Believe it or not, if you're caught raising chickens in a Vancouver neighborhood, you face a possible fine of up to $2,000 and must give up your birds, to boot.
As with most other chicken-unfriendly towns, the populace of Vancouver are living under animal control bylaws that lump chickens in alongside all other manner of "farm animals": The bylaw states that you must not keep in any area, temporarily or permanently, any horses, donkeys, cattle, swine, sheep, goats, ducks, geese, turkeys, chickens, pheasants, quail, or other poultry or fowl.
No mention of dogs or cats, mind you. Nield reports:
The big fears about allowing chickens on city lots include unpleasant odours and noise, along with pest and predator attraction. Perhaps the easiest claim to debunk is that chickens are noisy. "Even the loudest hen is not going to be audible, when compared to a barking dog," says Andrea Reimer, Vision Vancouver city councillor and urban chicken supporter.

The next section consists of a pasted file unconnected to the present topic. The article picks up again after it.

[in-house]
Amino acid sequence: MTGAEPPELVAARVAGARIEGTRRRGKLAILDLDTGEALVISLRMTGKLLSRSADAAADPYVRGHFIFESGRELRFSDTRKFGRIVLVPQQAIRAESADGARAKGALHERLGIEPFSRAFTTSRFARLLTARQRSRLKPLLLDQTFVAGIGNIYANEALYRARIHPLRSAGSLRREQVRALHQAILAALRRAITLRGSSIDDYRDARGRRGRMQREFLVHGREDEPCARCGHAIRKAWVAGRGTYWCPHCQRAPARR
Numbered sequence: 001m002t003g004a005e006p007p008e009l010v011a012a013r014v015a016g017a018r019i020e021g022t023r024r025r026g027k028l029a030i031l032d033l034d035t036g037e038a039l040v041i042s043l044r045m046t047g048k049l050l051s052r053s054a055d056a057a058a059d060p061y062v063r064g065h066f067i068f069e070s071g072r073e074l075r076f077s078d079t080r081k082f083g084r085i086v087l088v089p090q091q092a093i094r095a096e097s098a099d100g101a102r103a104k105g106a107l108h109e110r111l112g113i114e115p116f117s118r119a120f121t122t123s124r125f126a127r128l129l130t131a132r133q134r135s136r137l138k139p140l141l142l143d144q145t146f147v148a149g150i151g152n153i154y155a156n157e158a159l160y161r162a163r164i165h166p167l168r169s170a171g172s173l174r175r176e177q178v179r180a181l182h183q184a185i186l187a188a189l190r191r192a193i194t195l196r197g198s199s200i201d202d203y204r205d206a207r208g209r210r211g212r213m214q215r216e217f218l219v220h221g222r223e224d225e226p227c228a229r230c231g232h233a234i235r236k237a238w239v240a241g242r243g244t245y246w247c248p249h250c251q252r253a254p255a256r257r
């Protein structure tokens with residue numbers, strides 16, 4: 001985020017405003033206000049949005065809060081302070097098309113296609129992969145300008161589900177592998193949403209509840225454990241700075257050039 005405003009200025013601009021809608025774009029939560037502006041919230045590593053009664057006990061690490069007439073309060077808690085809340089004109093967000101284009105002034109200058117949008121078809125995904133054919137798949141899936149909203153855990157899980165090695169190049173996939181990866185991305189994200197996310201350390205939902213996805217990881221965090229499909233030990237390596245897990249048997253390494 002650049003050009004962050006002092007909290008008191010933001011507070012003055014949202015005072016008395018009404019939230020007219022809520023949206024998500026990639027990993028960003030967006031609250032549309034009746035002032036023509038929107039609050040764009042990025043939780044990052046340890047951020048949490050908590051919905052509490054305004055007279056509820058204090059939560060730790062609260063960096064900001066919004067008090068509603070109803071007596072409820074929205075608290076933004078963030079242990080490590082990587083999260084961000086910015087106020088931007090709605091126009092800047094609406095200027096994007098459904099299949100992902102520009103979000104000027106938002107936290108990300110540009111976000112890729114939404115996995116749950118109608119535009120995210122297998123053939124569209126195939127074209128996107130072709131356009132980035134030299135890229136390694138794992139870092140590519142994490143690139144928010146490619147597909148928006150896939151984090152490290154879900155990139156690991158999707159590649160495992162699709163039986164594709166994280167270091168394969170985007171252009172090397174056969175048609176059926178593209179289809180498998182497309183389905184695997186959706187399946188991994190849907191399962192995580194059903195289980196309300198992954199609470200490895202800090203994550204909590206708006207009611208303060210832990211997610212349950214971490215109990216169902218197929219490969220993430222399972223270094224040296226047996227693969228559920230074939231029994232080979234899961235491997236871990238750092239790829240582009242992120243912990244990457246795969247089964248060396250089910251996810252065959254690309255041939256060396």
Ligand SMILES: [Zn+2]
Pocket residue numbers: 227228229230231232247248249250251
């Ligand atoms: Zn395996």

Ensuring odour, pest and predator problems stay under control is a management issue that would be addressed through education and training. The hope is that if someone is willing to take on the responsibility of raising backyard birds, they'd take these management issues seriously.
Luckily, the city's animal control office has no record of any resident being fined for keeping chickens illegally, but I'd imagine the penalty is enough to keep the timid on the sidelines and away from risking the fee plus forfeiture to get their own yard fresh eggs on a daily basis.
The most surprising stat for me in the story was learning "the U.K. has seen a phenomenal jump in the number of urban chicken keepers with conservative estimates that 500,000 households raise their own birds, and Omlet [maker of our urbanchickens.net coop] says coop sales have tripled in the past year. American cities as densely populated as Portland, Seattle, Arlington and New York have very strong provisions for the practice."
As previously reported in Urban Chickens in the Great White North, the winds of change are blowing in British Columbia, and I'm in hopes that more and more cities will legalize urban chickens as they realize just how beneficial the birds are to the localized food system.